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Peggy McCracken


By Peggy McCracken

Tuesday, November 21, 2000

Dusty dollars create
money laundering thoughts

Every morning when I start counting the greenbacks in the till, I start sneezing. Wondering what might be on the money that I am allergic to led me to consider cocaine dust, since I know dope dealers handle money and drugs at the same time.

That thought made me curious about the origin of the term "money laundering," most often associated with dealing drugs these days. We use it, of course, to denote money that has been deposited in a legitimate bank account to "clean it up," or make it appear that it came from a legal source. But where did the term originate, and why is it called "laundering?"

Here is one theory I came up with on my own. Bankers have been known to dust money with a colorless powder that turns purple or some other hideous color on the hands of those who handle the money. Should bank robbers or embezzlers get their hands on the money, the telltale color would "catch them red-handed."

Is that how the term red-handed came into general use? And did thieves launder the money to remove the telltale powder? Do you ever wonder about such things?

Just this morning I got an email (those forwarded messages I detest) that talked about some words associated with each person's view of his place in the universe. Most of us consider ourselves the center of the universe, and everything else radiates out from there. To Jews, everyone else was a Gentile. To ancient Greeks, everyone who did not speak Greek was a barbarian (because to a Greek it sounded like they were saying bar bar bar). To early Christians, who lived mostly in cities, everyone living in the country (heath) was a heathen.

You get the idea. And I suppose that is why the term "He thinks the world revolves around him" denotes anyone who sees himself as the center of the universe.

I don't know about you, but I find etymology interesting. That's the study of words and their origin, I think. Castle Publishing gathered up a bunch of words, expressions and cliches and published a book detailing the history behind them.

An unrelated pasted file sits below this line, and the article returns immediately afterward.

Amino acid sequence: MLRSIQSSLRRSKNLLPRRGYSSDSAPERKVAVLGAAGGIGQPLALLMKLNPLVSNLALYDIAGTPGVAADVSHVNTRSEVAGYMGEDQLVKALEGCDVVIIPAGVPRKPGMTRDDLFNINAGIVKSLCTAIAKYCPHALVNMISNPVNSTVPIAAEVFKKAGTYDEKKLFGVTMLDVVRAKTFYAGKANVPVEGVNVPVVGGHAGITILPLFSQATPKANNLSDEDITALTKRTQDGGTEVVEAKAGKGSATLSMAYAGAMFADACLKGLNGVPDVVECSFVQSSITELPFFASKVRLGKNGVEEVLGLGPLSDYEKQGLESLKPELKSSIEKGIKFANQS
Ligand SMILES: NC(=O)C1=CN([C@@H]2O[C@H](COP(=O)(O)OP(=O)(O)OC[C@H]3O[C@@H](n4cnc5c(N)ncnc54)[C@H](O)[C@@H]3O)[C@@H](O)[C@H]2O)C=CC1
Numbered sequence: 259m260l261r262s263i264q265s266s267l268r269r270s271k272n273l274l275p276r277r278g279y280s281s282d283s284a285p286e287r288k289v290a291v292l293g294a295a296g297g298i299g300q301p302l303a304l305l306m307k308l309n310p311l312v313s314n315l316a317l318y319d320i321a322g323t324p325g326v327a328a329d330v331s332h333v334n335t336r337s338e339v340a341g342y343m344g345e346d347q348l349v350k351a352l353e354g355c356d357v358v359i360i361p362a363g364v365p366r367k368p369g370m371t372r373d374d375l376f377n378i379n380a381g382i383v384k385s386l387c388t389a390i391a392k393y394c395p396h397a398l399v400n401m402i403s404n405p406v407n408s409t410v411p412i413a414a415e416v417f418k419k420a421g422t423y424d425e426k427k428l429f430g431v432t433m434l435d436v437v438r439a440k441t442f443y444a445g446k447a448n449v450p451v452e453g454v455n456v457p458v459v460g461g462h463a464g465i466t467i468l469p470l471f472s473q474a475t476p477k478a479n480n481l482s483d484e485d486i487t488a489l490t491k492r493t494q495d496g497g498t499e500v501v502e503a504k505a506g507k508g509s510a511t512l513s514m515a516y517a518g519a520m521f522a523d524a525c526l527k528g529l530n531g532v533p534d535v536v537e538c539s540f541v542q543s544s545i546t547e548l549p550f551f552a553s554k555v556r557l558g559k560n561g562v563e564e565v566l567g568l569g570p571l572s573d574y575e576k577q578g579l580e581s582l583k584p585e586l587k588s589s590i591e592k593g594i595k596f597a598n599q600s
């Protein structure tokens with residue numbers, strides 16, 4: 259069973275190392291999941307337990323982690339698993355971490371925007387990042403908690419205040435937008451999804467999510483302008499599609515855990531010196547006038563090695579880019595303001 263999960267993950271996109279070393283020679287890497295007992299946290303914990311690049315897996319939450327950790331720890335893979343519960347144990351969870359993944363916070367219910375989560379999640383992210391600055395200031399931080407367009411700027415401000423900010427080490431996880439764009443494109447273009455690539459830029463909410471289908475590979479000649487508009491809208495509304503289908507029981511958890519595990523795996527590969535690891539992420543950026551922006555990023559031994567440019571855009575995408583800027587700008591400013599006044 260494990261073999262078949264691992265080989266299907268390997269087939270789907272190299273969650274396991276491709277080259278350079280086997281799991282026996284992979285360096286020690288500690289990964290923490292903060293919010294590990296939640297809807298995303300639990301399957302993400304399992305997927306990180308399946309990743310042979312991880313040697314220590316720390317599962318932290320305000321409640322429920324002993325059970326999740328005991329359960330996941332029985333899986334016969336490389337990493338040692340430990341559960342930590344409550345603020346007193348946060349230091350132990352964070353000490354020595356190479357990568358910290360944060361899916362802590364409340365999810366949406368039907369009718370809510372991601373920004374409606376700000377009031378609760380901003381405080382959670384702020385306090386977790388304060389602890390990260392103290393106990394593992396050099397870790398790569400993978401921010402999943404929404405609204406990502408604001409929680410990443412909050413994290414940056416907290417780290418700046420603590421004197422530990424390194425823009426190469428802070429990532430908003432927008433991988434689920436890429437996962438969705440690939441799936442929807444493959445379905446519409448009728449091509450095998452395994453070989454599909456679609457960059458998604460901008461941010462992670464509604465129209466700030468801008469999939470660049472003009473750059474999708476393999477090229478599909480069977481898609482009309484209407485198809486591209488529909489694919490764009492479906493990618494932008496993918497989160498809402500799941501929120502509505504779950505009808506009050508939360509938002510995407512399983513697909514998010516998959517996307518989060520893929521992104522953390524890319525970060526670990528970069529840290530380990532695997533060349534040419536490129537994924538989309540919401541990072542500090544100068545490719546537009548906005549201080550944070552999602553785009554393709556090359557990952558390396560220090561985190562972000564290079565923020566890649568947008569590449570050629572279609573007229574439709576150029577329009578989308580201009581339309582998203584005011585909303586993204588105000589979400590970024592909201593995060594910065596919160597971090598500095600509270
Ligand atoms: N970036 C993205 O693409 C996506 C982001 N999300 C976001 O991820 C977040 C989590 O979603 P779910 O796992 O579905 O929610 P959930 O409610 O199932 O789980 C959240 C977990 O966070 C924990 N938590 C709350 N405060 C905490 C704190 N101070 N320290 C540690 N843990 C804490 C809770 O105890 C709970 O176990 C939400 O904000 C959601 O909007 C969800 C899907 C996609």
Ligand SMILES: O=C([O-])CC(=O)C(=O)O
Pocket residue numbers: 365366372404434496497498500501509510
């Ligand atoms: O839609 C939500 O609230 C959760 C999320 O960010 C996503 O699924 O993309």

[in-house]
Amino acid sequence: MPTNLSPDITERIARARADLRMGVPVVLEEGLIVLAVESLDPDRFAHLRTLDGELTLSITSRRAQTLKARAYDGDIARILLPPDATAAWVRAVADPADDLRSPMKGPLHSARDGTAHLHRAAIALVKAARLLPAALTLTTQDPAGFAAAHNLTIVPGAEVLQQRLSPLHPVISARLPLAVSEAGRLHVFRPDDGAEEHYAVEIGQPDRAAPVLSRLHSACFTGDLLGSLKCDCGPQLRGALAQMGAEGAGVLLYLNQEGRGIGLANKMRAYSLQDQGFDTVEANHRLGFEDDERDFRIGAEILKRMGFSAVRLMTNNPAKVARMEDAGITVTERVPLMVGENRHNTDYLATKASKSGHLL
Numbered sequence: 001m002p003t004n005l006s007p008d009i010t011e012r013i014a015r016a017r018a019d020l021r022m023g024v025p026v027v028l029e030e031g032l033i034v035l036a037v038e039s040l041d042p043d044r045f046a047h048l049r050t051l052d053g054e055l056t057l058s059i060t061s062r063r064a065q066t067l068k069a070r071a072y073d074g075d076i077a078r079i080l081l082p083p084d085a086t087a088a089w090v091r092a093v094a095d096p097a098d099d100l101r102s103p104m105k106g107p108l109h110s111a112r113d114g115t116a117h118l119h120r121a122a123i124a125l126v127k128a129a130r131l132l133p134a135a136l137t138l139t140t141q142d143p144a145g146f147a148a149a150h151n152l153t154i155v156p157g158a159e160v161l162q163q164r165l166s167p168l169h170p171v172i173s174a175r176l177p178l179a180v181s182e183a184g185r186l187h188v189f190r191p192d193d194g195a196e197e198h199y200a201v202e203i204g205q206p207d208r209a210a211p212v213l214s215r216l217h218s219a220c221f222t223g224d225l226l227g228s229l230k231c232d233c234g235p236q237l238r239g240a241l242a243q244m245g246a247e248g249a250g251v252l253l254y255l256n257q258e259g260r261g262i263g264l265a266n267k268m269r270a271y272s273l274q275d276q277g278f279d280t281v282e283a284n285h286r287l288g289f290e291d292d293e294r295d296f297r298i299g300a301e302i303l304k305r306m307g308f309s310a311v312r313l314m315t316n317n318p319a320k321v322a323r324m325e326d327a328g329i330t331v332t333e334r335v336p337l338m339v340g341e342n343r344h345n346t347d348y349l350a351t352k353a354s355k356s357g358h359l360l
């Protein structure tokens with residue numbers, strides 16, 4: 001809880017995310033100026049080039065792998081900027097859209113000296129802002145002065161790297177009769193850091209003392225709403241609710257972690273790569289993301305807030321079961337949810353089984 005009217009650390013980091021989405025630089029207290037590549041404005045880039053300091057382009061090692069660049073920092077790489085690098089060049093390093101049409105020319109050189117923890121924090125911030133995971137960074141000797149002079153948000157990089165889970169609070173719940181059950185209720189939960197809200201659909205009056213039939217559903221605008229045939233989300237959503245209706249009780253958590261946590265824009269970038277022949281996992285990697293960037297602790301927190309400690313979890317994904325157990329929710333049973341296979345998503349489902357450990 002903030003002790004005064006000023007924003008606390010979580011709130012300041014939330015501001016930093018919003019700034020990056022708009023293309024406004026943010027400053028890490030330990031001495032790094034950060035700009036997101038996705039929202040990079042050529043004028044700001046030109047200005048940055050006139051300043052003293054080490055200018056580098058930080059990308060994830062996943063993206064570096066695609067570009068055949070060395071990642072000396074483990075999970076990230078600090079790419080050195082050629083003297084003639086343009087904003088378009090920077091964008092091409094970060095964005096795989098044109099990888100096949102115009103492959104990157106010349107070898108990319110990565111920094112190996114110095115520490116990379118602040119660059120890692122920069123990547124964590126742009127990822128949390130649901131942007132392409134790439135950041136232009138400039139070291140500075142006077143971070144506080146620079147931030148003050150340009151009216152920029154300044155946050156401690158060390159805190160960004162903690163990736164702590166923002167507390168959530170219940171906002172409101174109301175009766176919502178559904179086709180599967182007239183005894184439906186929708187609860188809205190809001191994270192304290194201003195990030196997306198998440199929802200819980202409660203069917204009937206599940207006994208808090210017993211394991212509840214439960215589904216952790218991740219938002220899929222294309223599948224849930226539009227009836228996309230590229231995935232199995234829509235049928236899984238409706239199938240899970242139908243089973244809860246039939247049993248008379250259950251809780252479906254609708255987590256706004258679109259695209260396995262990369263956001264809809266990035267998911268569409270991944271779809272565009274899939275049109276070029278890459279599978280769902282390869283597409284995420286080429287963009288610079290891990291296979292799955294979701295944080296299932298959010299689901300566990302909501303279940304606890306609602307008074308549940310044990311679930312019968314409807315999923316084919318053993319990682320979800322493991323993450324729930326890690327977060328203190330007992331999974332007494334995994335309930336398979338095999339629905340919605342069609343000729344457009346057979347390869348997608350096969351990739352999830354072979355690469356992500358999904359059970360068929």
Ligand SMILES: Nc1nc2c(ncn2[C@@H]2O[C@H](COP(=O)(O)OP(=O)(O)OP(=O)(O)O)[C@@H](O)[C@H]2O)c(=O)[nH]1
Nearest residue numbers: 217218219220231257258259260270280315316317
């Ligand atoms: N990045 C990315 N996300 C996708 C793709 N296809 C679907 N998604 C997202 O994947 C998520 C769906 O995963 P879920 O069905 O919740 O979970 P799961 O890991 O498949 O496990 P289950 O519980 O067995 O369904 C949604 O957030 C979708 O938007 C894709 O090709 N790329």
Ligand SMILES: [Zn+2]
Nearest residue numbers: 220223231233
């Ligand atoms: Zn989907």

It's hard to pick just one from the thousands in the book, but here is one that relates to the topic I started with _ money laundering.

Why was the flower known as "lavender" given that name?

It was once the custom for laundresses to place a sprig of this plant in with the laundry they had cleaned in order to scent it. The Italian word for washing is lavanda.

Reckon it would help to add a little lavender to the cash drawer? Probably then my sneezing would increase due to the flower pollen. Probably I should just use Duz. "Duz does everything." Remember that ancient radio jingle?

EDITOR'S NOTE: Peggy McCracken is business manager and webmaster. Her e-mail address is

Your View

Bus drivers not to blame for mishap at band competition

To the Editor:
In a letter recently written by Diane Paz, she states that the Pecos School administrators are trying to justify their mistakes by saying that the bus drivers were tired.

We would like to further clarify for the public any questions that might arise. To begin with, the drivers who participated in that particular trip were highly experienced drivers who each have no less than 15 years of experience. We agree with Diane Paz that the administrators are in fact trying to justify any decision made by school administrators by passing the buck down to the bus drivers, when in fact we are accustomed to driving home from trips at 3 and 4 a.m., in the morning so arriving any time before midnight is a piece of cake!